This year Social Media Week London will be BIGGER, BADDER and BETTER. Why? Because Keene Communications is holding, what currently appears to be, the only social media focused public affairs event. If you have questions concerning the role of social media in public affairs, would like to hear opinions from industry professionals and fancy networking with like-minded individuals – then do register to attend our Social Media Week London 2014 event.

Join the debate (#SMWSocialLobbying) that Keene is hosting on Thursday, 25th September at our offices in Whitehall. Please click here to visit our Social Media Week London 2014 page. Do register early, as there will be a high demand for tickets.The event will start at 5.30pm and finish at (approximately) 8.00pm. Refreshments will be provided.

About the speakers

Sarah Anderson (@NoMorePage3)

No More Page 3 is a campaign aimed at stopping The Sun from publishing topless pictures of young women. Since its inception in 2012 its petition has gained 198,000+ signatures and key to its success has been its use of social media. Sarah Anderson is a member of the ‘NMP3 HQ’ team, a group of passionate volunteers that balance full-time jobs with pursuing this campaign.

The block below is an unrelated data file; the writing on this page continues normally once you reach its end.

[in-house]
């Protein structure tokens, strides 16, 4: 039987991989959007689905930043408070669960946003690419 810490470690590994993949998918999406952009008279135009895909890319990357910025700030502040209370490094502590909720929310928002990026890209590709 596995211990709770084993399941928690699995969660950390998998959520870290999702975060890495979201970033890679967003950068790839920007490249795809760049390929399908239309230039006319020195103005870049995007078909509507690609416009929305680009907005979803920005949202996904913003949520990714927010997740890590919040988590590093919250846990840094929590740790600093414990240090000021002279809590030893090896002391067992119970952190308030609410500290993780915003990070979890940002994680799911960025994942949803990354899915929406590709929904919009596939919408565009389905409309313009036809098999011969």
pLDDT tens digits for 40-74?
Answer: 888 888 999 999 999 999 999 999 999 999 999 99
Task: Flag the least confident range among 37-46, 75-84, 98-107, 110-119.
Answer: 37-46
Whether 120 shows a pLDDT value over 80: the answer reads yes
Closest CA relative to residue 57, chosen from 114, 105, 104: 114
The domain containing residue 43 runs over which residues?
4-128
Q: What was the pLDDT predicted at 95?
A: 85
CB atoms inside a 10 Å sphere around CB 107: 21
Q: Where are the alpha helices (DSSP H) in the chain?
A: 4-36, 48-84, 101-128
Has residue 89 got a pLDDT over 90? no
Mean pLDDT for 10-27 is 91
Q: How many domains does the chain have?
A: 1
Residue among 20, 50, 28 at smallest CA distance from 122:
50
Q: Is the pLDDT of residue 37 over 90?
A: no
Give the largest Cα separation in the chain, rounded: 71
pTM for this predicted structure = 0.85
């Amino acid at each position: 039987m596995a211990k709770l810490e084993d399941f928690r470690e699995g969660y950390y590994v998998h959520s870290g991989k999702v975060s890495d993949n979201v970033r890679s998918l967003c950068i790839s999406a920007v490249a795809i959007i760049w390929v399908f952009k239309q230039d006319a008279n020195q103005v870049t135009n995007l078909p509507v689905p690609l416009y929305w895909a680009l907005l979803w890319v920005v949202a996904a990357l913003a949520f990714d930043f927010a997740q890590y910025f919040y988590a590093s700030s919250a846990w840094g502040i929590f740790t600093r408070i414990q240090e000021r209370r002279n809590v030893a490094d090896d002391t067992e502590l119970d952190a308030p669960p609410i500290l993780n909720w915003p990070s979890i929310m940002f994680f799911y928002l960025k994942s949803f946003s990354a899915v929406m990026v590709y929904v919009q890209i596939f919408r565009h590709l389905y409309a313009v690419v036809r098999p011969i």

As a grassroots campaign conceived in the social media era, No More Page 3 offers an insight into the future of public affairs campaigning.

Tim Lloyd (@timolloyd)

Tim has worked for the Department for Business, Innovation and Skills and the Department of Health. In that time, he has helped co-facilitate the NHS social media community: #nhssm and led several digital communications teams in other public sector organisations. Tim has a background in journalism, business and customer publishing.

Tim provides an informed (and first hand) view on the government’s own social media agenda.